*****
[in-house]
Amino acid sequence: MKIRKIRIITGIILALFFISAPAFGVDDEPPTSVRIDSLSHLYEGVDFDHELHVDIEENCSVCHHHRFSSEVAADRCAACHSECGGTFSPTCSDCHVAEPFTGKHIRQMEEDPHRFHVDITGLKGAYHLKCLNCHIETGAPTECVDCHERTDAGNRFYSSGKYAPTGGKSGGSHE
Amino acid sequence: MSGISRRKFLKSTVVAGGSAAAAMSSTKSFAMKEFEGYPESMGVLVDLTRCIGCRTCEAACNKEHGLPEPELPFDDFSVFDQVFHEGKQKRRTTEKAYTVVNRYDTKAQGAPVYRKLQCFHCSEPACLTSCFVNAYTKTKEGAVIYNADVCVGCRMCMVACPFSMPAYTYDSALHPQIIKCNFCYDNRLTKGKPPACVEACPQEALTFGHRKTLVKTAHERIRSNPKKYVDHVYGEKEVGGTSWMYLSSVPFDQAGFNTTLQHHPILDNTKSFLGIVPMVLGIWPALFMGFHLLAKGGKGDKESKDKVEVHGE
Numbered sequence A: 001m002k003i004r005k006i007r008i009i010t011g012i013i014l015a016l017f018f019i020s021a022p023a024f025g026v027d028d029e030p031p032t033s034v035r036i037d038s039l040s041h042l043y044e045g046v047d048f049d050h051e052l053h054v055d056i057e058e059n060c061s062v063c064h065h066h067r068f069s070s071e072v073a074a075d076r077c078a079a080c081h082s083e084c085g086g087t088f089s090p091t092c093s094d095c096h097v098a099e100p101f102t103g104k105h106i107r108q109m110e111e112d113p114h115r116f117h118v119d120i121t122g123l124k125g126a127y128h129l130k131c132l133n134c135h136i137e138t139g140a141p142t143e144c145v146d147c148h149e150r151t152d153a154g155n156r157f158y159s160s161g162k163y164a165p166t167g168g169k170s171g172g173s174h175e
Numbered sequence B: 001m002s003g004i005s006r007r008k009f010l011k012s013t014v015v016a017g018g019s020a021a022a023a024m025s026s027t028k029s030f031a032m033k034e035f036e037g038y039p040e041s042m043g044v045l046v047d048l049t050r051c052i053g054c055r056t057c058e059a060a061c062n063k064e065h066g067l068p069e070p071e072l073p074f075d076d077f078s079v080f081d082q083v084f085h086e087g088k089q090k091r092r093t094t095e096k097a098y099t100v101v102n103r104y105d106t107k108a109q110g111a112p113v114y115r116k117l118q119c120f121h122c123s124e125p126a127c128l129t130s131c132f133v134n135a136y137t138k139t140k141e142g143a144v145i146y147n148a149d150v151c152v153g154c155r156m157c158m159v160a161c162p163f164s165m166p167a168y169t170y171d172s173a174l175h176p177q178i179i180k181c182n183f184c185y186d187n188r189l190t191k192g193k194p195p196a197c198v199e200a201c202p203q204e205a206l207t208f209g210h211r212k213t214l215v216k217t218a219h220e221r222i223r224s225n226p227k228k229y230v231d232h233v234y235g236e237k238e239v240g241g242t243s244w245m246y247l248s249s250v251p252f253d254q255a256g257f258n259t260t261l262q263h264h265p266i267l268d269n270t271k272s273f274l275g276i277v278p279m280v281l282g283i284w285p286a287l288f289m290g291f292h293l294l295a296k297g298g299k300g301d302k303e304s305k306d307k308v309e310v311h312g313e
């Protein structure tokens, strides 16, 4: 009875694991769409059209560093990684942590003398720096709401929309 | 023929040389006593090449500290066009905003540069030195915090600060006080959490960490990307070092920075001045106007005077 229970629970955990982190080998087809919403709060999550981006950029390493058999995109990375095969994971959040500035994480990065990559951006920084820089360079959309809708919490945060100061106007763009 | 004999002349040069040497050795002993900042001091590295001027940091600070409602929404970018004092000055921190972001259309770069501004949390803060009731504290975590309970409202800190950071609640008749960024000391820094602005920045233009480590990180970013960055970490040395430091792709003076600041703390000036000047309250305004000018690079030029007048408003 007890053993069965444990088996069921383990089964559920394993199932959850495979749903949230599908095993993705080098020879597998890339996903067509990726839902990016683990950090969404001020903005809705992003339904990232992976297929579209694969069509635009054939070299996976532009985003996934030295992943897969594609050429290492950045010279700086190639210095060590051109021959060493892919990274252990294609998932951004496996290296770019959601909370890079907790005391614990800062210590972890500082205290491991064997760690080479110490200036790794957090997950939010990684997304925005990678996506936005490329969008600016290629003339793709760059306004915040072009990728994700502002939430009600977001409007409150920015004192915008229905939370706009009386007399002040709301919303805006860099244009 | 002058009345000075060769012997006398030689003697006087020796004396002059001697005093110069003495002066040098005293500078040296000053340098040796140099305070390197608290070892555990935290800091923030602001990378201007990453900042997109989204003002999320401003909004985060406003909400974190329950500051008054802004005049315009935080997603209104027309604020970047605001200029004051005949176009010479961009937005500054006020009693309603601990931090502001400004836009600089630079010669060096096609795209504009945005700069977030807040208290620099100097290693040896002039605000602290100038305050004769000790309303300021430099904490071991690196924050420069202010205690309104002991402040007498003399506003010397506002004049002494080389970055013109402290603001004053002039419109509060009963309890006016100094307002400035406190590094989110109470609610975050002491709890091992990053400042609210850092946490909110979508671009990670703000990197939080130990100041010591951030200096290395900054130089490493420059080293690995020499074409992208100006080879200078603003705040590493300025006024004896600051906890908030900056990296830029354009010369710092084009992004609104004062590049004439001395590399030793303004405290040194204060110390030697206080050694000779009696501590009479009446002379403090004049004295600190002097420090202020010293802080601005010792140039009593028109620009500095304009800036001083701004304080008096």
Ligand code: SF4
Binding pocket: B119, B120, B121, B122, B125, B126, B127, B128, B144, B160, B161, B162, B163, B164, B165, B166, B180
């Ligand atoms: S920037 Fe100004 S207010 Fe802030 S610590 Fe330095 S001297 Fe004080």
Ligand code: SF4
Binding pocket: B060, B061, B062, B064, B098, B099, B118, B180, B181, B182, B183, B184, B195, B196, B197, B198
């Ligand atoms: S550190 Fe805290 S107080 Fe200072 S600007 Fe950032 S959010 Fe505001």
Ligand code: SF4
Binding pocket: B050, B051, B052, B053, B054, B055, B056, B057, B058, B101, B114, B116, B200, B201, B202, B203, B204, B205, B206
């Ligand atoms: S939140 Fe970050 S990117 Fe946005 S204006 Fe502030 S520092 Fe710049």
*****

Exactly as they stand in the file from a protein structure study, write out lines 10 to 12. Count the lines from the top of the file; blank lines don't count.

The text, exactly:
Ligand code: SF4
Binding pocket: B060, B061, B062, B064, B098, B099, B118, B180, B181, B182, B183, B184, B195, B196, B197, B198
């Ligand atoms: S550190 Fe805290 S107080 Fe200072 S600007 Fe950032 S959010 Fe505001």